Nevertheless, it's time to come clean…
I am absolutely sick and tired of hearing about Angry Birds. The game has been out for years, and it should not have garnered this much attention to begin with. It's genuinely not all that fun, and the pop-culture phenomenon it's created has become an annoying mess.
For instance, it's now featured heavily in commercials for brand new tech.
People, are you really queuing up to buy your NOOK Tablet for Angry Birds? Really!?
I think what gets me most about the Angry Birds phenomenon is that it's based on games that have already been done before. The catapult and trebuchet physics destruction genre is not exclusive to Rovio's one hit wonder (yeah, I said it), it's something that's been around for a while. I can remember playing Flash games with the same premise before ever even hearing of Angry Birds. How about Castle Clout or Crush the Castle?
Rovio's method for money making:
- Play Castle Clout and Crush the Castle
- Skin with Upset Birds and Pigs
What makes matters worse surrounding the phenomenon is that the game's leading developer is kind of, to put it nicely, a jerk. Peter Vesterbacka decided to go on a few rants labeling the console and physical media sides of the gaming industry as practically dead a few months back. Here's a piece of one of his gems:
"A lot of people in the games industry, they think the 'real' games are on consoles. You're only a 'real' games company if you do a big budget game. But we don't have that inferiority complex…If I was trying to sell a $49 piece of plastic to people then yes, I'd be worried too…But I think it's a good sign that people are concerned — because from my point of view we're doing something right."
To all those people yelling about how Angry Birds is this generation's Super Mario Bros…what? It's a little game that's sprung up pop culture references, but it's not industry rocking in the way Super Mario Bros. was when it released on the NES so many years ago. Tell me, do you really think people will be talking about Rovio and these cranky fowl 25 years from now? Angry Birds has become nothing more than a fad cashing in on the cheap commercialism that drives companies like Wal-Mart and Target straight to the top of the capitalistic pile. I saw Angry Birds Snuggies last weekend at Kohl's. I died a little that day.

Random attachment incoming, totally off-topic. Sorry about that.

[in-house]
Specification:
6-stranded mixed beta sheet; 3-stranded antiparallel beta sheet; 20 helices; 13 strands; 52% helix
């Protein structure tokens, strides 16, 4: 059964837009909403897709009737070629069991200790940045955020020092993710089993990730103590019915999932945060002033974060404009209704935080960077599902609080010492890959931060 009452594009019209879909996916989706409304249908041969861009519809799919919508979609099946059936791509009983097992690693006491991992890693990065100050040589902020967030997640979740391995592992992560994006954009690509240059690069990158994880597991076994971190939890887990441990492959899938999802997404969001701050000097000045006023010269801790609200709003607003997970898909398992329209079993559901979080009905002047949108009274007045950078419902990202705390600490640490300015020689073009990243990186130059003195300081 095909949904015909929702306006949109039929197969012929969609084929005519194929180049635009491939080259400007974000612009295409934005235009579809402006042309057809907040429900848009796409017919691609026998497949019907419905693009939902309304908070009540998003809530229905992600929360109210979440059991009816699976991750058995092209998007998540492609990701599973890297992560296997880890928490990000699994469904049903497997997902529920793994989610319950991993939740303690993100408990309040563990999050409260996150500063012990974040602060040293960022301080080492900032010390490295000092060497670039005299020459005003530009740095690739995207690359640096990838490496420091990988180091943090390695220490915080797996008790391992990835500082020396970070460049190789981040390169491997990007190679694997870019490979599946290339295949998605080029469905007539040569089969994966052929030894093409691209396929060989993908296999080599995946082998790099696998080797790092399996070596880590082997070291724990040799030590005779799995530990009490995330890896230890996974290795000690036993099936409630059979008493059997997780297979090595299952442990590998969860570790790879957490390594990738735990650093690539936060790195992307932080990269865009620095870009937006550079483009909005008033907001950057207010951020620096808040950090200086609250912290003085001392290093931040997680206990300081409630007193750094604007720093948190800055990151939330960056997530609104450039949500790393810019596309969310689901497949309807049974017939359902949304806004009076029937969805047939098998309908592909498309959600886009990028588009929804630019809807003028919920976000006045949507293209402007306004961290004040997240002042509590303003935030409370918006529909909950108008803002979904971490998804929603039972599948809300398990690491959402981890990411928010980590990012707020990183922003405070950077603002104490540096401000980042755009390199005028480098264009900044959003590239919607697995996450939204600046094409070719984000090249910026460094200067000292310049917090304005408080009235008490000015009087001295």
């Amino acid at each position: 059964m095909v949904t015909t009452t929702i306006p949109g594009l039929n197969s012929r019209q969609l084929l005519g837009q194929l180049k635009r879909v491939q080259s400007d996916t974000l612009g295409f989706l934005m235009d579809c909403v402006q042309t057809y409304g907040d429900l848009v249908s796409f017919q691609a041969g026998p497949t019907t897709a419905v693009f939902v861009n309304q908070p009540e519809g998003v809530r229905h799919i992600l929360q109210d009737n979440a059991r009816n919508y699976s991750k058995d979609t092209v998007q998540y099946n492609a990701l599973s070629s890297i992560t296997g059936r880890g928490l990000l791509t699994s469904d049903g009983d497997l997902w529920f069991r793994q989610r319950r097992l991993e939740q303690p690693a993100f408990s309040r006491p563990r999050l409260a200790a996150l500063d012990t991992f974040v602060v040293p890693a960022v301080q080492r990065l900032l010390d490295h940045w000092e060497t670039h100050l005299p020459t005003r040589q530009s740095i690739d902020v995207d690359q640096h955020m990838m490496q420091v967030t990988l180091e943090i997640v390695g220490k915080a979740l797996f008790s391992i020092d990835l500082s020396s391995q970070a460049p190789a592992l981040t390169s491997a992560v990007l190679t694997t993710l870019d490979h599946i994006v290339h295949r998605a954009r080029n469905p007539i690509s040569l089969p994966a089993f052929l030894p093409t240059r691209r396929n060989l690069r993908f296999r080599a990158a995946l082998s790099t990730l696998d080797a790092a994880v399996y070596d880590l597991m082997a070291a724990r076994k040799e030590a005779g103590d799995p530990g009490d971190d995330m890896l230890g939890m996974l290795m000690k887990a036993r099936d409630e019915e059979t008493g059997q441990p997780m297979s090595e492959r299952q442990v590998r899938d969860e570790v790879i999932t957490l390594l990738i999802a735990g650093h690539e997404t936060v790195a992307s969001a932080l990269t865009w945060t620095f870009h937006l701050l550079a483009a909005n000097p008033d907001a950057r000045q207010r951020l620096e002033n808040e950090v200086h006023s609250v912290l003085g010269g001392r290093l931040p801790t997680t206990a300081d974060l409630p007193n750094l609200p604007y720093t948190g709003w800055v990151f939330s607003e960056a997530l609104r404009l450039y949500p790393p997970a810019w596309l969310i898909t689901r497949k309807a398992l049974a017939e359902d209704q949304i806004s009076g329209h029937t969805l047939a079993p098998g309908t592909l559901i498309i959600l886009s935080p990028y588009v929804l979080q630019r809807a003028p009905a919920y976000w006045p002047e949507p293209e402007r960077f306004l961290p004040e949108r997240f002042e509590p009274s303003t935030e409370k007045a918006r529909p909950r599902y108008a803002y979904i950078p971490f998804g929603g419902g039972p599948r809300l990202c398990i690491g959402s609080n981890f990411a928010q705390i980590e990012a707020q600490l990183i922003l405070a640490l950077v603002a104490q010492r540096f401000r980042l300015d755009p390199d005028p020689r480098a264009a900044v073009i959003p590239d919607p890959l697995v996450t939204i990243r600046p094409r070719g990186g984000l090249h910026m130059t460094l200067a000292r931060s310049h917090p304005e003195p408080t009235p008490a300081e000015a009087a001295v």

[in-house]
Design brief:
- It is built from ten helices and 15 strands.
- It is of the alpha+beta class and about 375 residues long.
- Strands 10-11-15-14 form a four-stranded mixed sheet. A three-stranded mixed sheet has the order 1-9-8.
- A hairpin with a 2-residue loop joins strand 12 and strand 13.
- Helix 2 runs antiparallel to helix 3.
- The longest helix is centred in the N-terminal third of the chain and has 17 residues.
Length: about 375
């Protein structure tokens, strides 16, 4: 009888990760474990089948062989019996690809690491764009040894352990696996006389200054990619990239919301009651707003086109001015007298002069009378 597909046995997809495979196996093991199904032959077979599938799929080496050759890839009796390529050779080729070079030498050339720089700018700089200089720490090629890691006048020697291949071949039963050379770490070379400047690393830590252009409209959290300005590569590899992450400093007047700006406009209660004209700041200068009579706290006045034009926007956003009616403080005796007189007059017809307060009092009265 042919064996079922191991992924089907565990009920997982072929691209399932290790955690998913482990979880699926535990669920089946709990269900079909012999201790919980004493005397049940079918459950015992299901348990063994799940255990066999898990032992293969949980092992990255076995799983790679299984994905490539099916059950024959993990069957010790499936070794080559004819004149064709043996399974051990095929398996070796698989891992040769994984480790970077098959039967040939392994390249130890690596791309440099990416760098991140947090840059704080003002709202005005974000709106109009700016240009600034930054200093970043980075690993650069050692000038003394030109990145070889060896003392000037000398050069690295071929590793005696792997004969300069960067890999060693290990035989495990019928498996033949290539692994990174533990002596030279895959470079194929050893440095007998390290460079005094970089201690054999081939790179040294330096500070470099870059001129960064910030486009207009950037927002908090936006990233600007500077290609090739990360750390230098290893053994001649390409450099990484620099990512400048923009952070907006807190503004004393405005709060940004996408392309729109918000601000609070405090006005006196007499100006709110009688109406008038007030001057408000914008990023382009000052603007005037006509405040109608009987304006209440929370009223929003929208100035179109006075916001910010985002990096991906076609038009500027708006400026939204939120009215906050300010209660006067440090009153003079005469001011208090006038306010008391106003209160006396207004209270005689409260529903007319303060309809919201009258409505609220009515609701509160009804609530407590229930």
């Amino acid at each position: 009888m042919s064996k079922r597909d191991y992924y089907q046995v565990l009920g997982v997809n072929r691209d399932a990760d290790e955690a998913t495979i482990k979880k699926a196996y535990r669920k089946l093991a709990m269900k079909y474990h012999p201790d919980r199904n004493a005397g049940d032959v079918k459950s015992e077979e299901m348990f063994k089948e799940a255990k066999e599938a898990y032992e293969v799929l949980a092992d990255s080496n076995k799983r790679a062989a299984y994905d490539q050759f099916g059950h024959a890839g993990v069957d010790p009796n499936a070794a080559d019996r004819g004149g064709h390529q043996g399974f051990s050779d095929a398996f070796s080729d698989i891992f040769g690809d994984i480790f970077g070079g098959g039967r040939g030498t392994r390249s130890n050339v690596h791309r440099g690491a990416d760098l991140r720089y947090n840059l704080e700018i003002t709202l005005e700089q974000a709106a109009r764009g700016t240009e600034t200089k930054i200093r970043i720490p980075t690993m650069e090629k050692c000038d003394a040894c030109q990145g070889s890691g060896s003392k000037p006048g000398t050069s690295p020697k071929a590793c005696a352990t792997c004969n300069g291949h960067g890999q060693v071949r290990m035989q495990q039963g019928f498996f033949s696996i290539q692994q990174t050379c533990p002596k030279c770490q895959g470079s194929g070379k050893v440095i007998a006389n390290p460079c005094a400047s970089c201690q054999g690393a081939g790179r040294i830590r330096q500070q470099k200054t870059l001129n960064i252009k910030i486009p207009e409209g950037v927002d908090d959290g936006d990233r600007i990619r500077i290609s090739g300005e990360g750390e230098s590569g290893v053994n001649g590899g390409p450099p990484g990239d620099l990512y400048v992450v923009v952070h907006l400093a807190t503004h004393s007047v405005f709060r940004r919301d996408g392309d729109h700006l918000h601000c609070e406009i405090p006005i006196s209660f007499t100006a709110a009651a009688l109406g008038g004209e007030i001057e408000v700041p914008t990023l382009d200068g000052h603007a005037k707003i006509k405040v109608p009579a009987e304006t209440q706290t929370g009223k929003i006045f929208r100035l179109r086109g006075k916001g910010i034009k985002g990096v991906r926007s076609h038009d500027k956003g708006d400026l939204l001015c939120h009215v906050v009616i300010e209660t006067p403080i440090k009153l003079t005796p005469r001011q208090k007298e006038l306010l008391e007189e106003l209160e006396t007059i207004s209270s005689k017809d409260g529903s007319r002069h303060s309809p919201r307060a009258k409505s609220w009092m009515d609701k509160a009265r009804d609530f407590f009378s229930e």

Dear Jon: Thank you.
What sucks most about Angry Birds from where I stand is that its rampant success is now damaging the mobile gaming genre. Games could be going in so many more directions, but start-ups see the insane money Rovio's been making off of this flying titan and they build titles around the same quick play model. Mobile enthusiasts love to talk about how their gaming platform will put an end to the console and handheld markets; well, no. Because of Angry Birds, and simple cash-ins like it, there's not much of a reason for developers to build insanely exciting games.
Since Angry Birds was so cheap to make and distribute (it and all of its cash-in offspring), Rovio's been able to keep the price point for the game at $0.99 and an ad-supported $0.00. Mobile consumers see games in the Top 5 for $.99, and then they see games in the top 20 for $6.99; they know which titles they're buying. Angry Birds is keeping mobile gaming cheap. On one hand, that's okay. But, because they are keeping the genre so inexpensive, more costly games are seen as a higher risk purchase.
Think about it: Angry Birds has made Rovio a lot of money on this low cost model. More money than most other mobile games can ever even aspire to. Now, you get companies like Chair Entertainment and Epic Games spending millions on games like Infinity Blade and not enjoying nearly the same level of success. Part of that may be because of the subtle price difference between the two products. It costs a lot more to produce an Infinity Blade than it does an Angry Birds. Is Infinity Blade better than Angry Birds? Holy crap, yes. But it won't sell more.
Here's the deal, folks: there are other, better, more fun, more innovative options out there when it comes to mobile gaming. The App Store and Android Market shouldn't be dominated by Angry Birds and its various offshoots. There are too many great games that should be occupying the top spots instead of this knockoff and its sequels.
It's time to move on. Enough holiday editions, enough "seasons," enough blankets, enough pork-rinds and enough plush toys. Angry Birds needs to go away. For the good of our children.
Be sure to check out Sage's counter-point, The Mario of Mobile.
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